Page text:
Bibs

Bottles, etc

Bottle brush

Cold sterilising tablets or liquid
Only necessary until your baby is a year old – see my post ‘How to sterilise your baby’s feeding equipment when you’re away from home’ for tips

Formula

Washing-up liquid

 

*If your child is eating solids*

Baby food in jars or pouches for emergencies
Plus any type of food you really couldn’t live without while you’re away. The baby girl is a bit of a fussy eater at the moment, but will always polish off a big bowl of porridge for breakfast, so we take a small Tupperware container of oats away with us if we’re self-catering just in case we can’t find any locally at our destination.

Baby/toddler spoons

Bibs/smocks

Laundry detergent
A small quantity for washing bibs so you don’t have to pack one for every meal.

Snacks

Travel high chair
I cover the various kinds available in my post on eating out with babies and toddlers.

Tupperware
One or two small ones so you’re able to feed your child with food from home when out and about.

A toddler sits in an open suitcase, other bags on the floor around her.
The baby girl helping us unpack on our trip to Gozo, November 2017.

 

 

 

 

How to sterilise your baby’s feeding equipment when you’re away from home

The NHS recommends sterilising any feeding or expressing equipment that comes into contact with milk until your baby is a year old. So if you do any bottle feeding at all and are planning on spending time away from home with your baby before she turns one, you need a portable way of sterilising her things. Even with the most generous baggage allowance in the world you’re not going to want to take your bulky plug-in electric steriliser on holiday.

If you’re staying somewhere with a kitchen, boiling the feeding equipment in a saucepan on the stove is a good solution that doesn’t require any extra kit. Make sure there’s enough water to cover the equipment, check that there are no air bubbles trapped, and boil for five minutes. If you put the bottles together with their teats and lids and keep them in a clean container, they’ll stay sterile for up to 24 hours.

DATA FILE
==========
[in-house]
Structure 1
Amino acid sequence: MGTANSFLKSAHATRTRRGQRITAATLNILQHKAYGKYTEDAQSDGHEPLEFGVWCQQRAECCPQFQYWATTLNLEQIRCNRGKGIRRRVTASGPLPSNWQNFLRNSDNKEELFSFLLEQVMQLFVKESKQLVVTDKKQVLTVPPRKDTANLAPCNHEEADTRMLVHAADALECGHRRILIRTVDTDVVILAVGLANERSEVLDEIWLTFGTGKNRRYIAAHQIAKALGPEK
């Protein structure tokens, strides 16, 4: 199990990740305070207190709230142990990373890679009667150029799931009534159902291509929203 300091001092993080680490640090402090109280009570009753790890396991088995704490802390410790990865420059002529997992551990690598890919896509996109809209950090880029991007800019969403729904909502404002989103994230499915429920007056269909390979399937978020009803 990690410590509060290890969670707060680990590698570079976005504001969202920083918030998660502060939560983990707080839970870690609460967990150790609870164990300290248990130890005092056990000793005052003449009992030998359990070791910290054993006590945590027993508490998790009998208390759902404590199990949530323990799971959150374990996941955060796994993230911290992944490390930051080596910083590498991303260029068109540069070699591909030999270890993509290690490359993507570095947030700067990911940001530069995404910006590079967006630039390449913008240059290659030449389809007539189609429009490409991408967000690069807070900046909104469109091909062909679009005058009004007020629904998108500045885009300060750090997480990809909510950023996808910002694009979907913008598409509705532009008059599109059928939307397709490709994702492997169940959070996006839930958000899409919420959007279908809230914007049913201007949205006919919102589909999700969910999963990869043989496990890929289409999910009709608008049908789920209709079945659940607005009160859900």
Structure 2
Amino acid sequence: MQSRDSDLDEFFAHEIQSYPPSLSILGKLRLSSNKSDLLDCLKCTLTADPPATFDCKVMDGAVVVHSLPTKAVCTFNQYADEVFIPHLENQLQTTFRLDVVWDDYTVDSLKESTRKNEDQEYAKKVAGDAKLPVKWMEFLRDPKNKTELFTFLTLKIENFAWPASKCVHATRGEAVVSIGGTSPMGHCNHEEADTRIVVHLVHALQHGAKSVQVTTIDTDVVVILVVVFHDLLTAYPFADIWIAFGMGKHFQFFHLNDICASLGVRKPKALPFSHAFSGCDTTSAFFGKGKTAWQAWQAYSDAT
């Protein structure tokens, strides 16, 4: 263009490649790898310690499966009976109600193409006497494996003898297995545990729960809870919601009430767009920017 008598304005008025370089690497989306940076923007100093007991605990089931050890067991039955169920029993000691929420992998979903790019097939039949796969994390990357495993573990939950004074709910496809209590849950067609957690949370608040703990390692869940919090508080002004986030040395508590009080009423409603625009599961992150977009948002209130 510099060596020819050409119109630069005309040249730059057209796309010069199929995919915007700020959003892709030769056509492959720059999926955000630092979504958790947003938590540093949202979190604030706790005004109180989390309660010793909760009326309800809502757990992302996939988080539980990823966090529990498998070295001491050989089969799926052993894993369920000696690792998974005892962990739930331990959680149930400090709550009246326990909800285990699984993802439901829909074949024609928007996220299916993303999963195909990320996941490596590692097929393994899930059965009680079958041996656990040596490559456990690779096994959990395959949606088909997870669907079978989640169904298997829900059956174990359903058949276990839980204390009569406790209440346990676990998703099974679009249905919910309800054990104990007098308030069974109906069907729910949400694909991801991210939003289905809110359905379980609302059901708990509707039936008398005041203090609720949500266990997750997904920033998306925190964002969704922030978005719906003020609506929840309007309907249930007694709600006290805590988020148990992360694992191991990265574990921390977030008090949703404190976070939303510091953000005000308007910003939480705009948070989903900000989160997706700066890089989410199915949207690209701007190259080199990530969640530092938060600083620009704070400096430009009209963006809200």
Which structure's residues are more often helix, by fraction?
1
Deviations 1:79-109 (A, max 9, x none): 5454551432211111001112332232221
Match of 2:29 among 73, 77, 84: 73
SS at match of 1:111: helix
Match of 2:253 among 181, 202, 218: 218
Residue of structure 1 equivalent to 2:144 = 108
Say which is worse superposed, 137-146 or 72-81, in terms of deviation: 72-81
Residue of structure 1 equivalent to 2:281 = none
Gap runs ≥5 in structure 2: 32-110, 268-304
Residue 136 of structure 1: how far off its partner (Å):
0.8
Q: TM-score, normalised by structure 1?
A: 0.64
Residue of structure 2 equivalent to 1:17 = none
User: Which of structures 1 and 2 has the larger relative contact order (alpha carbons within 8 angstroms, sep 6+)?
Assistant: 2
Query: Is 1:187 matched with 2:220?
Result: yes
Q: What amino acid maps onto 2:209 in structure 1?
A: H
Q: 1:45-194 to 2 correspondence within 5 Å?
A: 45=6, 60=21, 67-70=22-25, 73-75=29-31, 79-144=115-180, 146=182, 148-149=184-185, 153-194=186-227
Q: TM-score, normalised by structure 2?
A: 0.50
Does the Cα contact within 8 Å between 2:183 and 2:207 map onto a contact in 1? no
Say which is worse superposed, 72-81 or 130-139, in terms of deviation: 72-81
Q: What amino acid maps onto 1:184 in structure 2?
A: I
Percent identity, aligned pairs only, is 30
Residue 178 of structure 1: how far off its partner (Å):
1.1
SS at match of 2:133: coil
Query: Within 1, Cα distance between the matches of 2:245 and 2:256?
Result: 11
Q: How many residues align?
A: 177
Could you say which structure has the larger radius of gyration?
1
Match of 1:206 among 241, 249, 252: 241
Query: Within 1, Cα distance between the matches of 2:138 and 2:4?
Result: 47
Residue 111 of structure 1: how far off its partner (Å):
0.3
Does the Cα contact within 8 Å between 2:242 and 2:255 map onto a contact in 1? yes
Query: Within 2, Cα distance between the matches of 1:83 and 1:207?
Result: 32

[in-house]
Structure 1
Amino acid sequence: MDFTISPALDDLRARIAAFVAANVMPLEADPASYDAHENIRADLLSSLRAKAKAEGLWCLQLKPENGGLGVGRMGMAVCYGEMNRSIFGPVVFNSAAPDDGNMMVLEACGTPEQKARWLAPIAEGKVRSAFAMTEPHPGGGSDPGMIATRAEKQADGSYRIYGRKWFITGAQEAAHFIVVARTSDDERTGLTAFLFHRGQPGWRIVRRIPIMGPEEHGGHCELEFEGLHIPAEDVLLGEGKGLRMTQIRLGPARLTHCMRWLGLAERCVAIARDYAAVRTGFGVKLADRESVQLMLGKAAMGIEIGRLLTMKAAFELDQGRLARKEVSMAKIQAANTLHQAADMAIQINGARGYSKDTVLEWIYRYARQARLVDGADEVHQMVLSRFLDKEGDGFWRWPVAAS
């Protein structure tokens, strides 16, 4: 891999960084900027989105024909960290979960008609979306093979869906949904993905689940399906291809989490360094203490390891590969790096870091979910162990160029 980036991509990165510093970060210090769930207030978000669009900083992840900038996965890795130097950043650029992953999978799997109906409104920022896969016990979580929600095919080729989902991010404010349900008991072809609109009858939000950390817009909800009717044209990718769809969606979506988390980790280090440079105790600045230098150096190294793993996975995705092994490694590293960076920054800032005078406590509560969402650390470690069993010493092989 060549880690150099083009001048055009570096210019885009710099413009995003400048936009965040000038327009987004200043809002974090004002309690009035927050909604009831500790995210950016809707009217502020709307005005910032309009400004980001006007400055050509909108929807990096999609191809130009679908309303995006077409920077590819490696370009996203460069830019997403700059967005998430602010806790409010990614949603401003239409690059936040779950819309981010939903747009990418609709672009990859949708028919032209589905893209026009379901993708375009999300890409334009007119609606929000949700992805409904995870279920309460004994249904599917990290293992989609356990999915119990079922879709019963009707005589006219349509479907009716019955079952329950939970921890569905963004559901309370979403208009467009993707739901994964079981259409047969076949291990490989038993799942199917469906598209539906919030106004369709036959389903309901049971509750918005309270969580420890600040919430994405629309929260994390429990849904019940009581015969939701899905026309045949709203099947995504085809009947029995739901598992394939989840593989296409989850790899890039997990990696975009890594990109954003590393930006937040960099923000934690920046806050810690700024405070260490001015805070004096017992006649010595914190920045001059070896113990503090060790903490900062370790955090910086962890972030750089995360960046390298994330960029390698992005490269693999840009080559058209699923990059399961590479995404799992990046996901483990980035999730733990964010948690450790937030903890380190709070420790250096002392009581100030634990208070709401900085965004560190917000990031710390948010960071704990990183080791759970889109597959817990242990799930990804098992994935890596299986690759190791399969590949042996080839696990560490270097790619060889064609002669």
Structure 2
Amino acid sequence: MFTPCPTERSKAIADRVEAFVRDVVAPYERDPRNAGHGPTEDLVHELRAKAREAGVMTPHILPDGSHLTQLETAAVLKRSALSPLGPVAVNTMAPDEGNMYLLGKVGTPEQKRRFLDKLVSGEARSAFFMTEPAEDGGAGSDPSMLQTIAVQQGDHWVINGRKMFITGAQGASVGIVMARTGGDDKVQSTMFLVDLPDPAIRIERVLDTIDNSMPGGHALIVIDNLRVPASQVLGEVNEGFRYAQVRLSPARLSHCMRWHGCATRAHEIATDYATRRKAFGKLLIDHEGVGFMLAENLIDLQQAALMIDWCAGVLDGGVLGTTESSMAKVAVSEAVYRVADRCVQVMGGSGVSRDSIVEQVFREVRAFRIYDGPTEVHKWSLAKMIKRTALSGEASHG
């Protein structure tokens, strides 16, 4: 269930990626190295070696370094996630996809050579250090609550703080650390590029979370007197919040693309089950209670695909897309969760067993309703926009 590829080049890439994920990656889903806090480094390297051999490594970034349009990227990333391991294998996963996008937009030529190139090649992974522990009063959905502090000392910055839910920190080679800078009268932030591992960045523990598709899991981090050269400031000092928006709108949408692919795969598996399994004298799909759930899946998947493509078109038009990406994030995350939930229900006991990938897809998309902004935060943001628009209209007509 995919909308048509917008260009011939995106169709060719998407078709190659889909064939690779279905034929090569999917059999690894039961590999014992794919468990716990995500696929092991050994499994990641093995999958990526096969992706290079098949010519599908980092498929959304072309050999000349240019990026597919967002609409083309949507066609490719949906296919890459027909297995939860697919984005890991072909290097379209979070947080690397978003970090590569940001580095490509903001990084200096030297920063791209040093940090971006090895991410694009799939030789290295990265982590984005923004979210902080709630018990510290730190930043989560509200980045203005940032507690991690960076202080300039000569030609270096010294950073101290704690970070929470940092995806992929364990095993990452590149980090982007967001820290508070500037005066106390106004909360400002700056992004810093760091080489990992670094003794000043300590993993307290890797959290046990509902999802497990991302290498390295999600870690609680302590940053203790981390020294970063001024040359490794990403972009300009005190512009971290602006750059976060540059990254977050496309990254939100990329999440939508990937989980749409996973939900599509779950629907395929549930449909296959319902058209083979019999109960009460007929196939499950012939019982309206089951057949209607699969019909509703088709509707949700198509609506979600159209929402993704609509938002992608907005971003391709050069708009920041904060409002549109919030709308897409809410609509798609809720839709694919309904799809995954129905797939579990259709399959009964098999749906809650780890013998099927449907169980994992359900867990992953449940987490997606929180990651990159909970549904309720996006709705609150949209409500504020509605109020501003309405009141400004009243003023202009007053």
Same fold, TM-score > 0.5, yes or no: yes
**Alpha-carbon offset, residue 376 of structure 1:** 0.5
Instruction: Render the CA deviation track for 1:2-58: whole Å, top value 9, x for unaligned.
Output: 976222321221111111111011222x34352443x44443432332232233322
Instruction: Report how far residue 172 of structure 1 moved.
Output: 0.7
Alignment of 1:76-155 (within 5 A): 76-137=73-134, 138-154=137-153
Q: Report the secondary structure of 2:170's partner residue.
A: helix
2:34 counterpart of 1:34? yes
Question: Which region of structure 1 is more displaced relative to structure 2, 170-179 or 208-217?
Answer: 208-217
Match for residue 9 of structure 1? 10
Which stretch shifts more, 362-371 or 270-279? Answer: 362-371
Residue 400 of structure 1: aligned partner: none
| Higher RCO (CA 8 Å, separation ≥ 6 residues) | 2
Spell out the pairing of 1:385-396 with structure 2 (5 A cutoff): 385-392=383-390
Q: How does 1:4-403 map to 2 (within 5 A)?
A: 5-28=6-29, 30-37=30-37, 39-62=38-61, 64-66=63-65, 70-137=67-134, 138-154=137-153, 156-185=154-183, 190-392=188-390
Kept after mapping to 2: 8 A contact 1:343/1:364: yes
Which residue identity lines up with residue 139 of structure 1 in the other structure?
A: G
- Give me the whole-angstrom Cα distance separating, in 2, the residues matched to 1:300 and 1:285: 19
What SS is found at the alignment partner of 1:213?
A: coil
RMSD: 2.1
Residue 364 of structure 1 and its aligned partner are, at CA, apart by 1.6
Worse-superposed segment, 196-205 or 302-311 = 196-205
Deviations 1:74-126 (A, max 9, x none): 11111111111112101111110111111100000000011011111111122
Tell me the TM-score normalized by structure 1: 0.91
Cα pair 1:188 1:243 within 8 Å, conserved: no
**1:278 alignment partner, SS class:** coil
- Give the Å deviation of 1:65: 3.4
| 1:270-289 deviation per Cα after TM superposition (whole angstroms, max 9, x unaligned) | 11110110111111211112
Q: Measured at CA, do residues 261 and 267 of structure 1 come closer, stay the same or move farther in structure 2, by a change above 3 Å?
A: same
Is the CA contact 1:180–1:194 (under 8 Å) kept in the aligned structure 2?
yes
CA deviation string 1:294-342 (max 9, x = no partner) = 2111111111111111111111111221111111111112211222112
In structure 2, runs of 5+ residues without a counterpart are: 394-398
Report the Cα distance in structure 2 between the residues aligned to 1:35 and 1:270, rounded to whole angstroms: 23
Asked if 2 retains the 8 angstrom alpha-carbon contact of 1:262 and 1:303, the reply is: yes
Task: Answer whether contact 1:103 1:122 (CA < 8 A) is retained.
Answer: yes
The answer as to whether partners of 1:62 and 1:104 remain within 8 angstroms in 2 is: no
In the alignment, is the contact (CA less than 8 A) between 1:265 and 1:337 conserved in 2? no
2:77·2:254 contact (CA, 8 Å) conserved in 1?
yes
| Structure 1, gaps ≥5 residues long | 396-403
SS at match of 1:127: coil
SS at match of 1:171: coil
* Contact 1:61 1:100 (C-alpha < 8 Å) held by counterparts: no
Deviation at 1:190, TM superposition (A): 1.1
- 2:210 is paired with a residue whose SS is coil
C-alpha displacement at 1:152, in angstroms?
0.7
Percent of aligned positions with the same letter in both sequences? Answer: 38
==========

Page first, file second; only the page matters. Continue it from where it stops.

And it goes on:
An easier route, which doesn’t require access to a stove, is cold water, or chemical, sterilising. There are two options available – tablets and fluid – and which one is best for you will depend on the circumstances of your trip.

They work in the same way: you make a solution and submerge your clean feeding equipment, again ensuring there are no air bubbles. The equipment is ready to use after the time specified on the label (15-30 minutes usually); there’s no need to rinse it, just shake off the excess solution. The items will stay sterile if left in the solution for up to 24 hours; after that point you have to make a fresh batch.

The tablets are extremely light and take up no space in your luggage but are less convenient to use. Each tablet is designed to be dissolved in a specific quantity of water (which varies brand to brand) so if you don’t have a container large enough you’ll need to do some sums and split the tablets accordingly. The fluid is heavier in your luggage but it’s easier to measure out the exact quantity you need.

Whether you opt for fluid or tablets, pack a Tupperware box big enough for your requirements, measuring how much it holds before you travel (pack a lid too – the solution can bleach fabrics so you don’t want it splashing around). You’ll also need a bottle brush and washing up liquid to clean the feeding equipment before you sterilise it, though I’ve been known to use shower gel for the purpose.